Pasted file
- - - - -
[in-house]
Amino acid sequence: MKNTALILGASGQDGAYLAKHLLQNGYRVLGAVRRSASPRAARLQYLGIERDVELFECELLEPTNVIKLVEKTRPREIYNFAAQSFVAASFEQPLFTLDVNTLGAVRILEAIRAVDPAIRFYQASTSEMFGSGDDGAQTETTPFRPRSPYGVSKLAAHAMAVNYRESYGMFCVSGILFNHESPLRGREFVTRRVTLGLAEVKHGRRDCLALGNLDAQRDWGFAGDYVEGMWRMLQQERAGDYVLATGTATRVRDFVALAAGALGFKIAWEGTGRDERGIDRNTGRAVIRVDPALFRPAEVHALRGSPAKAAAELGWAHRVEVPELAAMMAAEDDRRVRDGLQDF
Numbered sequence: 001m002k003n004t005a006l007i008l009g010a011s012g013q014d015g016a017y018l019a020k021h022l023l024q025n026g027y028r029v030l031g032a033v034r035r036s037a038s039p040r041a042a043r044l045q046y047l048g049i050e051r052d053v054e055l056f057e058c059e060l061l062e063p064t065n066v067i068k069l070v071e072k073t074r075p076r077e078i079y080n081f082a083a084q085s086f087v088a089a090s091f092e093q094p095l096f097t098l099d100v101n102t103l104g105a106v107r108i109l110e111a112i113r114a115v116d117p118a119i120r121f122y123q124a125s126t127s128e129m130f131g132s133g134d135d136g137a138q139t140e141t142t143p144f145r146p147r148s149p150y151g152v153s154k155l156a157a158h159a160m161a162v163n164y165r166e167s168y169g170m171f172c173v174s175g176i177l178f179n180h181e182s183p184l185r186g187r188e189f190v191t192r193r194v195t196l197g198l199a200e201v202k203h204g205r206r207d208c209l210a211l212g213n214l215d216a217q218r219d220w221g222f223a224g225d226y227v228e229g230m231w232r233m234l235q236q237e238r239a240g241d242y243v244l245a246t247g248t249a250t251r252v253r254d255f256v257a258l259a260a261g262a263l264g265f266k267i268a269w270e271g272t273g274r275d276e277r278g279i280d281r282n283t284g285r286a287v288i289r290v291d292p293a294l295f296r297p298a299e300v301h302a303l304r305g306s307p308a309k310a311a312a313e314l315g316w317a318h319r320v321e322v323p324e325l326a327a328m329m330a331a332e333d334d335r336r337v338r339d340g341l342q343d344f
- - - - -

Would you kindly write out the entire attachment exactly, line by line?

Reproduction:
[in-house]
Amino acid sequence: MKNTALILGASGQDGAYLAKHLLQNGYRVLGAVRRSASPRAARLQYLGIERDVELFECELLEPTNVIKLVEKTRPREIYNFAAQSFVAASFEQPLFTLDVNTLGAVRILEAIRAVDPAIRFYQASTSEMFGSGDDGAQTETTPFRPRSPYGVSKLAAHAMAVNYRESYGMFCVSGILFNHESPLRGREFVTRRVTLGLAEVKHGRRDCLALGNLDAQRDWGFAGDYVEGMWRMLQQERAGDYVLATGTATRVRDFVALAAGALGFKIAWEGTGRDERGIDRNTGRAVIRVDPALFRPAEVHALRGSPAKAAAELGWAHRVEVPELAAMMAAEDDRRVRDGLQDF
Numbered sequence: 001m002k003n004t005a006l007i008l009g010a011s012g013q014d015g016a017y018l019a020k021h022l023l024q025n026g027y028r029v030l031g032a033v034r035r036s037a038s039p040r041a042a043r044l045q046y047l048g049i050e051r052d053v054e055l056f057e058c059e060l061l062e063p064t065n066v067i068k069l070v071e072k073t074r075p076r077e078i079y080n081f082a083a084q085s086f087v088a089a090s091f092e093q094p095l096f097t098l099d100v101n102t103l104g105a106v107r108i109l110e111a112i113r114a115v116d117p118a119i120r121f122y123q124a125s126t127s128e129m130f131g132s133g134d135d136g137a138q139t140e141t142t143p144f145r146p147r148s149p150y151g152v153s154k155l156a157a158h159a160m161a162v163n164y165r166e167s168y169g170m171f172c173v174s175g176i177l178f179n180h181e182s183p184l185r186g187r188e189f190v191t192r193r194v195t196l197g198l199a200e201v202k203h204g205r206r207d208c209l210a211l212g213n214l215d216a217q218r219d220w221g222f223a224g225d226y227v228e229g230m231w232r233m234l235q236q237e238r239a240g241d242y243v244l245a246t247g248t249a250t251r252v253r254d255f256v257a258l259a260a261g262a263l264g265f266k267i268a269w270e271g272t273g274r275d276e277r278g279i280d281r282n283t284g285r286a287v288i289r290v291d292p293a294l295f296r297p298a299e300v301h302a303l304r305g306s307p308a309k310a311a312a313e314l315g316w317a318h319r320v321e322v323p324e325l326a327a328m329m330a331a332e333d334d335r336r337v338r339d340g341l342q343d344f